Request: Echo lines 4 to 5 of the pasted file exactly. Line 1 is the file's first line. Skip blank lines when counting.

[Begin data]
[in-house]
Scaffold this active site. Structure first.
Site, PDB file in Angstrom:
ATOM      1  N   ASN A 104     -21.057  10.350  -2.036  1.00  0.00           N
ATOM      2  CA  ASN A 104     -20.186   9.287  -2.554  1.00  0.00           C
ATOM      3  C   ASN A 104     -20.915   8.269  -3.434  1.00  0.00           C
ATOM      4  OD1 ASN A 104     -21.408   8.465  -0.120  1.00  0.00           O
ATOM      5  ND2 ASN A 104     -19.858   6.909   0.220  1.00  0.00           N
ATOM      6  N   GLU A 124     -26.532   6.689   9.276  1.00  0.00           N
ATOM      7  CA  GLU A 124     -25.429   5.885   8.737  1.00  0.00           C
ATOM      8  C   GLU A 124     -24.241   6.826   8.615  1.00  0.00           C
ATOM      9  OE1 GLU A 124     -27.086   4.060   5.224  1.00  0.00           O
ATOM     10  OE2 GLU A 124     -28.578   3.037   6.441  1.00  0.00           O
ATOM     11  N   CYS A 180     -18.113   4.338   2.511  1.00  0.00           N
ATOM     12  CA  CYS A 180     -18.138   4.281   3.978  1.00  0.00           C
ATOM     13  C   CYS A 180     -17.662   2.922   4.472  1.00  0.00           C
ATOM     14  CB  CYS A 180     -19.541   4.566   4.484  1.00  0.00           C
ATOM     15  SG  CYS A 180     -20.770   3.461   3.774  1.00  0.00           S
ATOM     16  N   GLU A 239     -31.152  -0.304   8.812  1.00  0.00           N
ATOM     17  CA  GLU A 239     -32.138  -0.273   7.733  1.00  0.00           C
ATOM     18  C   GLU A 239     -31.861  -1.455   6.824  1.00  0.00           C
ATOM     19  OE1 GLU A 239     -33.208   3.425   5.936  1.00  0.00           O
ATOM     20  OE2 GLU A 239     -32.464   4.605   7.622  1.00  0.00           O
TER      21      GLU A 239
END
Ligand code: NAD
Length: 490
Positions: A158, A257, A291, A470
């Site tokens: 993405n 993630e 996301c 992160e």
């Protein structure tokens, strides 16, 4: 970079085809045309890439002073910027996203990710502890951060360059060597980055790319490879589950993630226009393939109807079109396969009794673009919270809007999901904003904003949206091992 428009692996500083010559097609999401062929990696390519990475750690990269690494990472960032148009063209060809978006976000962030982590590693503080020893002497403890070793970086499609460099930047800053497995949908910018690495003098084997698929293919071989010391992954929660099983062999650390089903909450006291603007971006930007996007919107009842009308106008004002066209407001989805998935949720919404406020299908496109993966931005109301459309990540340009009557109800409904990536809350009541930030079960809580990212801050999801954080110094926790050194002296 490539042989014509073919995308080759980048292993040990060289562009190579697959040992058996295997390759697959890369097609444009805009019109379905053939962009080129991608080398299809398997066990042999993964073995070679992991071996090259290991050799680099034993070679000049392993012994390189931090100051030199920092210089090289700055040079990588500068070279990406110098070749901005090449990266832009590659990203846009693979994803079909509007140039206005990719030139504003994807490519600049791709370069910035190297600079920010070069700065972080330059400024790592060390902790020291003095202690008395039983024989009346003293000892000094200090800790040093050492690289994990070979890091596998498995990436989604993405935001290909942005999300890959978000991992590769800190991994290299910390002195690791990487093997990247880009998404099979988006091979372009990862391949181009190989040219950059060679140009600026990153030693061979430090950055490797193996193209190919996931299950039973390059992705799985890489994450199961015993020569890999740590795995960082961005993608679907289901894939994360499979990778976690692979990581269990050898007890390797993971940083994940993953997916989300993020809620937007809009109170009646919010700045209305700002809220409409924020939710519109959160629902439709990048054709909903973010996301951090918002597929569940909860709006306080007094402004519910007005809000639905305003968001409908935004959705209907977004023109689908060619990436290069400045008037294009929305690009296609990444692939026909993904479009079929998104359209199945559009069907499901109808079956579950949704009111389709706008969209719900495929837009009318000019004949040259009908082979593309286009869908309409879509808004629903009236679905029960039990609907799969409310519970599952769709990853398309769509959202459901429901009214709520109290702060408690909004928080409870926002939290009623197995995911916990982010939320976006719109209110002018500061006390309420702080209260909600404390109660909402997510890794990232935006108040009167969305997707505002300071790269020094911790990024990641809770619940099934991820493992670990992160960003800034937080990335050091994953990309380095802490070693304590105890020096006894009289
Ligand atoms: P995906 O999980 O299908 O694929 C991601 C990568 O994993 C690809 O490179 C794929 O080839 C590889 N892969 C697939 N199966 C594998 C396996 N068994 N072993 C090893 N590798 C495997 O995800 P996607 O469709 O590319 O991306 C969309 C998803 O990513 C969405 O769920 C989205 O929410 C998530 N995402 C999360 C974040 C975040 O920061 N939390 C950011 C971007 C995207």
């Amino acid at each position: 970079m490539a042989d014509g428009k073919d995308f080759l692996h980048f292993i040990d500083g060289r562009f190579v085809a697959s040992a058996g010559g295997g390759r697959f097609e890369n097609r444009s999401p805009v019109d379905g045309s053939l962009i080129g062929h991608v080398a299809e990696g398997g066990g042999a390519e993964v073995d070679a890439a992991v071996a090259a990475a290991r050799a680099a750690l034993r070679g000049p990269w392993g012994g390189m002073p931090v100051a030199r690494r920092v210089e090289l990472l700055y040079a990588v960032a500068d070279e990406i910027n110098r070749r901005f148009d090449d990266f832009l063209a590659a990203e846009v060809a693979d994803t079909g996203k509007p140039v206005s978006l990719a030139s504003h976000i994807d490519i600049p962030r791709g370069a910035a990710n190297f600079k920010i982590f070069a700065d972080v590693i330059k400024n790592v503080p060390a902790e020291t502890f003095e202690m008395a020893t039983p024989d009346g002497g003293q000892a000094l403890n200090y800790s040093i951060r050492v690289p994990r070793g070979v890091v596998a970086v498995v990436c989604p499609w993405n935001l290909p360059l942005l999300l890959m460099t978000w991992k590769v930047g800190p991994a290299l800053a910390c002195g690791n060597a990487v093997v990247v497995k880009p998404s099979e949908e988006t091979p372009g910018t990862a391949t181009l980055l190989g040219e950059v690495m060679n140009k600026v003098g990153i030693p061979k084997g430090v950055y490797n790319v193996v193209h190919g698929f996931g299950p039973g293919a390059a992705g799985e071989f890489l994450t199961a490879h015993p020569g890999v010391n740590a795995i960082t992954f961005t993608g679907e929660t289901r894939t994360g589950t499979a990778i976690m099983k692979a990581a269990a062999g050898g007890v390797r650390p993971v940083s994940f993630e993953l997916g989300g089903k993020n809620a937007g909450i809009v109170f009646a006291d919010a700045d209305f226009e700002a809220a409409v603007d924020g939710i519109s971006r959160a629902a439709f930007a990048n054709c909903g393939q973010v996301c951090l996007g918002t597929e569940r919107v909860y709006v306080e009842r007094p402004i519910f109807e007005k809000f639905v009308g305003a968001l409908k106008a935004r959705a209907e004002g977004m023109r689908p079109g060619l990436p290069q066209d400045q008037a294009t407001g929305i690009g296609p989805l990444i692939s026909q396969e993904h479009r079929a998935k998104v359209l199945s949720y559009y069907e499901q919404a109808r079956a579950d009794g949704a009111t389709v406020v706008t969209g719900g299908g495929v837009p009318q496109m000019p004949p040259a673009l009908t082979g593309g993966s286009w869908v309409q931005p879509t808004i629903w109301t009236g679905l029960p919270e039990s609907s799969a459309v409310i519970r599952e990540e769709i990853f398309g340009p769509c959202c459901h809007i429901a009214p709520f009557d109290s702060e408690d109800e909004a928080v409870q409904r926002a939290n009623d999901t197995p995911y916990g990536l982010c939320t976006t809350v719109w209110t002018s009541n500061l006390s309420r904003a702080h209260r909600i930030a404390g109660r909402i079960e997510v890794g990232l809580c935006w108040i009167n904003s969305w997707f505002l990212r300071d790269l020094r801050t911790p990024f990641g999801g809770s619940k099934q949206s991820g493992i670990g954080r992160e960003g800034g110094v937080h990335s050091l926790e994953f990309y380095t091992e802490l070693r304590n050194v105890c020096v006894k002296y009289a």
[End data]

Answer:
ATOM      1  N   ASN A 104     -21.057  10.350  -2.036  1.00  0.00           N
ATOM      2  CA  ASN A 104     -20.186   9.287  -2.554  1.00  0.00           C